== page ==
HAGÅTÑA — Concerned Catholics of Guam President Greg Perez said the recently formed organization is looking forward to meeting Archbishop Savio Hon Tai-Fai, Rev. Tadeusz Nowak and Archbishop Martin Krebs when the three visit Guam in January.
Perez said he’s made a request to meet with the three officials between Jan. 4 through the Jan. 10.
“We sincerely believe this (visit) is in response to some of the complaints and concerns and questions that have been raised on island and have made its way to Rome,” Perez said. “We’re looking forward to meeting with them and they will come in and provide solutions.”
Archbishop Hon and Rev. Nowak will be here for the first time in an official capacity, according to Rev. Adrian Cristobal, spokesman for Guam Archbishop Anthony Apuron. It will also be Archbishop Krebs’ second visit to Guam in six months.
Hon is the secretary of the Vatican Congregation for the Evangelization of Peoples and Krebs is the apostolic delegate to the Pacific Islands.
Cristobal said the visit is a pastoral visit, with the hope of fostering reconciliation and mutual understanding in the archdiocese. The visit was mentioned in a Dec. 11 letter from Cardinal Fernando Filoni addressed to Apuron, Cristobal said. Filoni is the cardinal prefect of the Congregation for the Evangelization of Peoples.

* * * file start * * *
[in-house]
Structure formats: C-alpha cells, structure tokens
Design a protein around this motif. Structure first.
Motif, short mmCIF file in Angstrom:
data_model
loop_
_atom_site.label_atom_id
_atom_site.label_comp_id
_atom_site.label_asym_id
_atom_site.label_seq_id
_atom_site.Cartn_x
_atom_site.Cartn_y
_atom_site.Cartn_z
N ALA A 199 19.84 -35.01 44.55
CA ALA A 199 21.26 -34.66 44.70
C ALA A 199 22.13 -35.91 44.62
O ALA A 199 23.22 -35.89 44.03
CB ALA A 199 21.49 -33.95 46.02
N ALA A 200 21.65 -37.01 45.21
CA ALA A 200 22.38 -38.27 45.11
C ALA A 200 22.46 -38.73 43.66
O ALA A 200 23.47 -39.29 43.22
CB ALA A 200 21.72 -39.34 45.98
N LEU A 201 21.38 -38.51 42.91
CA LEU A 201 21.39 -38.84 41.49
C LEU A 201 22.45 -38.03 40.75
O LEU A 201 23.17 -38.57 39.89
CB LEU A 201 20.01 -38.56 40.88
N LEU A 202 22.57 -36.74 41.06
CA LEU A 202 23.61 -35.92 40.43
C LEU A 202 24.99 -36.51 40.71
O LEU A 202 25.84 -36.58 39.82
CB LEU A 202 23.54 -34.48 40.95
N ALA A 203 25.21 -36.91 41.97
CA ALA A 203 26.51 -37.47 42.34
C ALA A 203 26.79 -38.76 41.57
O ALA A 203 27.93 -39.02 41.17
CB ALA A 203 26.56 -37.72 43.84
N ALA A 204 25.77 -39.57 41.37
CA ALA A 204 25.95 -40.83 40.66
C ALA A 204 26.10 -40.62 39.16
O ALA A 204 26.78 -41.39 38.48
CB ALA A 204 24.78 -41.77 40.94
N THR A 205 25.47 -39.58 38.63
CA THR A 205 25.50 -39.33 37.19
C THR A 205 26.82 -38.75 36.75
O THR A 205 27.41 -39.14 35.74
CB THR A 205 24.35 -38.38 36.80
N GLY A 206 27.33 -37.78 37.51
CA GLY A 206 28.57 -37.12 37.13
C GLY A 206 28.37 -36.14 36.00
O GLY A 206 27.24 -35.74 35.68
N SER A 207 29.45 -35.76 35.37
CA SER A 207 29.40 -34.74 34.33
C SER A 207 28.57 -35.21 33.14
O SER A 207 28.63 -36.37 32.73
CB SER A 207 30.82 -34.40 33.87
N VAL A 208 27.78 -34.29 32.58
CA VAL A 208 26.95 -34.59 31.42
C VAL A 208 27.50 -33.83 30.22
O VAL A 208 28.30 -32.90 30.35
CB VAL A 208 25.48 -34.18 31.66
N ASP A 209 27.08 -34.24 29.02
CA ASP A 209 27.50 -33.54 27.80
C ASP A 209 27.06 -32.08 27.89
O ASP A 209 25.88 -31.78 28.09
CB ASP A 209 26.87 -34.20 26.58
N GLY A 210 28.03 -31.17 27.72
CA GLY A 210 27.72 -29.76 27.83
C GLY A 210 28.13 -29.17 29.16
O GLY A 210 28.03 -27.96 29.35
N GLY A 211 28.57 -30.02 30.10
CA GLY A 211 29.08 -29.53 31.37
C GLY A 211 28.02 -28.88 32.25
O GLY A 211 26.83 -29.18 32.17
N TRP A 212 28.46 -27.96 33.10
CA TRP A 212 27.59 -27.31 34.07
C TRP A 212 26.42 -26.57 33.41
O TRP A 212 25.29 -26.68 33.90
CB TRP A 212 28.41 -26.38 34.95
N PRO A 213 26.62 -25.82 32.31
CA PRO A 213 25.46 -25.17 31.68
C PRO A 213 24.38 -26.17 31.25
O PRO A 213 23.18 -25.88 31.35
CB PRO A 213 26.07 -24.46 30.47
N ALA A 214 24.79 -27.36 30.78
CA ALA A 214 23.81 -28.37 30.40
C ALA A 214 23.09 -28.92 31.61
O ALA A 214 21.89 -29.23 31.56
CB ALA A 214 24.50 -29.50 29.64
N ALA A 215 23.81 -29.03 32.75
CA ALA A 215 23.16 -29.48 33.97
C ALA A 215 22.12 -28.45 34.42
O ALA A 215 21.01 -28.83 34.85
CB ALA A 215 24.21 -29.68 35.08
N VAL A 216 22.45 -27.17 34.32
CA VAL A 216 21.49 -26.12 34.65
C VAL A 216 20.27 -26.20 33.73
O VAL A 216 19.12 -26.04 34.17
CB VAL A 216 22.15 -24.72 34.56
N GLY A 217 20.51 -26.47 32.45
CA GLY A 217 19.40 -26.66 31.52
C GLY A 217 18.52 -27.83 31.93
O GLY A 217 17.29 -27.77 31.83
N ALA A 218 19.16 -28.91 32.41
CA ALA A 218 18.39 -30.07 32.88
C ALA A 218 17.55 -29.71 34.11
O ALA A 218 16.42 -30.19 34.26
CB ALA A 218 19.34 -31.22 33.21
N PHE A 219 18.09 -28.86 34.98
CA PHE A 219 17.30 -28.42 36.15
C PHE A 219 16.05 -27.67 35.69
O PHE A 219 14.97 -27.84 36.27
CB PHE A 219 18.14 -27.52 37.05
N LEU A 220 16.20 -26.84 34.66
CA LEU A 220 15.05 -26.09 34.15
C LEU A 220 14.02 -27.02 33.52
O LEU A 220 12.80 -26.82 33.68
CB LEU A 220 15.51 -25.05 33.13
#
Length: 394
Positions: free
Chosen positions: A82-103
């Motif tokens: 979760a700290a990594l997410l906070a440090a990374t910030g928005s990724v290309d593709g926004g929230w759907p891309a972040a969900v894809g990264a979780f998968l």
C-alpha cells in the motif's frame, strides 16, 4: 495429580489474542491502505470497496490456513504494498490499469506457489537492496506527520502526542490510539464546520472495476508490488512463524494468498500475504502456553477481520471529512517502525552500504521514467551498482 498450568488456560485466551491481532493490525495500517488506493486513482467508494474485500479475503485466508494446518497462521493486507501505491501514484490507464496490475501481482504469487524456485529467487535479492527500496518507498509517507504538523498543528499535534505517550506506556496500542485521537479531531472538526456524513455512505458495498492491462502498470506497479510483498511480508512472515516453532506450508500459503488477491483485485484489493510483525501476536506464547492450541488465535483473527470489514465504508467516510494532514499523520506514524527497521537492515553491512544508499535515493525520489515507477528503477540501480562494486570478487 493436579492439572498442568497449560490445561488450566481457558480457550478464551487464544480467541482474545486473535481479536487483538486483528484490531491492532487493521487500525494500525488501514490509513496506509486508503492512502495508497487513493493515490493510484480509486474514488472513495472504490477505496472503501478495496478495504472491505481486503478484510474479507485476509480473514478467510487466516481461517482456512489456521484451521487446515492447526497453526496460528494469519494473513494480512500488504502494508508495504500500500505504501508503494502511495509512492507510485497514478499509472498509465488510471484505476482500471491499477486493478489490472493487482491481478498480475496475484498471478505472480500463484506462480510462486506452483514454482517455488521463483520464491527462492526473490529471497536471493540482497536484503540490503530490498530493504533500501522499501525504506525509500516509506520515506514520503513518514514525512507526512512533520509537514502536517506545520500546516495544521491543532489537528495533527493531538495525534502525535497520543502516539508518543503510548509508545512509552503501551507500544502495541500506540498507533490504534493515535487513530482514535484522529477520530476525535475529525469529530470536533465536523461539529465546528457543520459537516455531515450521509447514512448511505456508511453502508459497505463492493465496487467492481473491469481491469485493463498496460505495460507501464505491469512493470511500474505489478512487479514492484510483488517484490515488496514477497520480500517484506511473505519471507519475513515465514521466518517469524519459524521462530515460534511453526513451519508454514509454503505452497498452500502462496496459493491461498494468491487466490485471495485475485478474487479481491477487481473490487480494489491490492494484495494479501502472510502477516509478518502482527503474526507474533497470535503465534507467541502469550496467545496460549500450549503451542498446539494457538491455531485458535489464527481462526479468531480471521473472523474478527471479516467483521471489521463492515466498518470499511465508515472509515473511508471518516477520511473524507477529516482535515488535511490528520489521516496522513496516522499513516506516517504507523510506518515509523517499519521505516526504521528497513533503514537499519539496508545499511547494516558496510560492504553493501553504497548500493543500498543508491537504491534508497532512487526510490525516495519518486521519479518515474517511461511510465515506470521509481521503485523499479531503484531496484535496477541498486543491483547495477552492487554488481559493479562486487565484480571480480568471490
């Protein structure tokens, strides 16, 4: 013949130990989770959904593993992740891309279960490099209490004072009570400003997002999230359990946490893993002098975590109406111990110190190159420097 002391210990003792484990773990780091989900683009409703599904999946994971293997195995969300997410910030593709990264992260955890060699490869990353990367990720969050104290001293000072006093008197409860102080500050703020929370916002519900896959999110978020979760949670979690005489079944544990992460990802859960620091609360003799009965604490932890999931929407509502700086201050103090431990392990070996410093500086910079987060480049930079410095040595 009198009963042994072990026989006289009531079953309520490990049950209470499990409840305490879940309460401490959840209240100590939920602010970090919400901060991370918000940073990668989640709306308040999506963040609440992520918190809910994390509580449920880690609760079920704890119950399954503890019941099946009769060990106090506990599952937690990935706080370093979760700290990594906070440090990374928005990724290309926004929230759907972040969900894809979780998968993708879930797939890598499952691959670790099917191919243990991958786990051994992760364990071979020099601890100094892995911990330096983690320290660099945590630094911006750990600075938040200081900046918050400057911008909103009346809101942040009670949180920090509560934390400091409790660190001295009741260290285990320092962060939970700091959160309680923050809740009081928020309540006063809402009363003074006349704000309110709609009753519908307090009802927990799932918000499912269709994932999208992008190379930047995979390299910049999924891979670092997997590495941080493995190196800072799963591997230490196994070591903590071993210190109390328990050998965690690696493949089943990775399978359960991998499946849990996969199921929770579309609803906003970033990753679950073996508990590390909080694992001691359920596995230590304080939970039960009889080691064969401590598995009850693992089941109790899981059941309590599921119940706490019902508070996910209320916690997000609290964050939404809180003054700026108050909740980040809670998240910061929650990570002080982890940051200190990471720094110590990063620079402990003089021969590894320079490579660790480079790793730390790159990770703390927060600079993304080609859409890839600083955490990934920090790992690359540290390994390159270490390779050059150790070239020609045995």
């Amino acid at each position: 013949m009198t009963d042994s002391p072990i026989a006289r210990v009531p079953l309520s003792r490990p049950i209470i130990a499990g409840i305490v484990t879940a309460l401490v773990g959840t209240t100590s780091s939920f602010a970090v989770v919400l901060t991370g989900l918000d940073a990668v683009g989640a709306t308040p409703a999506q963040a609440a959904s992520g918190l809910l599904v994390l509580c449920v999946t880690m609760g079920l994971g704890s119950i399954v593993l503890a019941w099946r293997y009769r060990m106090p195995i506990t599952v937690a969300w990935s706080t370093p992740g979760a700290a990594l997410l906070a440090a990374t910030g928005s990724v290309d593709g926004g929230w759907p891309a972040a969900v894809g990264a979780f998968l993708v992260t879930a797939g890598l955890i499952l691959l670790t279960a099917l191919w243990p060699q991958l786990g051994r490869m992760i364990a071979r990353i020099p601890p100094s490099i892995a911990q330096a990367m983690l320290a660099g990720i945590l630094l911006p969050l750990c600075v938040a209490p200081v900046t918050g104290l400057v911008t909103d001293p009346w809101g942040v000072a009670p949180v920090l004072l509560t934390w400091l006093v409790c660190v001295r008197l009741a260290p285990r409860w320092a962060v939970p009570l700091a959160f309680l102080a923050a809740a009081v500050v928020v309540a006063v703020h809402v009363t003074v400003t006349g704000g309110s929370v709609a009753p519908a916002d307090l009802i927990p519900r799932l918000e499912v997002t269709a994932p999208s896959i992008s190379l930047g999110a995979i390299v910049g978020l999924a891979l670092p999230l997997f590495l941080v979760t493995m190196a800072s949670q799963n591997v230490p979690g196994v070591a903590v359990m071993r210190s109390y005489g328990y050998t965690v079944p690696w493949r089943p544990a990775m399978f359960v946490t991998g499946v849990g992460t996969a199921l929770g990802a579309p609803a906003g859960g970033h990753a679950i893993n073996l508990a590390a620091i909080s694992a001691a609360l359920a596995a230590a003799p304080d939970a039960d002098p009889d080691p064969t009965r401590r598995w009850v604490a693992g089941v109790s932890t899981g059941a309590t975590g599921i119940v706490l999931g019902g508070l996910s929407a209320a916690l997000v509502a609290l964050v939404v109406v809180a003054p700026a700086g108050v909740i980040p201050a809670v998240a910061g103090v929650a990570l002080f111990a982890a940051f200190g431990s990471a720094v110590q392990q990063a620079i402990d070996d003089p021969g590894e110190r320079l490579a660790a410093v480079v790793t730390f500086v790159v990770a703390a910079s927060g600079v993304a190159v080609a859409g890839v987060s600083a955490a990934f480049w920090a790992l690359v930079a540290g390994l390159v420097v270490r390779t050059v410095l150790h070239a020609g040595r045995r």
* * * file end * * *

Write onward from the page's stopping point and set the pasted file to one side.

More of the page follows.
Catholic blogger and owner of http://www.Junglewatch.info, Tim Rohr, said that it is unclear exactly if the visit is part of an investigation into the archdiocese but Hon, Nowak and Krebs are considered high level officials in the church hierarchy. “Bishops of his rank do not do causal visits,” Rohr said of Hon.
The visit comes on the heels of months of controversies surrounding the Agana Archdiocese that occurred this year. Local Catholics have said the church is divided between those who prefer the traditional rituals of the Roman Catholic Church and the different practices of the Neocatechemunal followers. The Neocatechemunal Way is a sect of the Catholic faith, of which Apuron is a known follower.
Included in these controversies are the archdiocese’s finances, which have been publicly called into question by the Concerned Catholics of Guam.
Perez said the Concerned Catholics of Guam’s goal is find out the root cause of these issues and how to address them. “We need to build and reinforce our religion individually as well as collectively,” he said.
Since the group officially organized earlier this month, Perez said there’s been positive feedback and steady, growing support for their cause. Their membership is also growing, he said.
The group sent a letter to meet with Apuron and discuss their concerns but Cristobal only acknowledged receipt of the letter, without setting a date, Perez said. “In my opinion, it’s being met with indifference,” he said.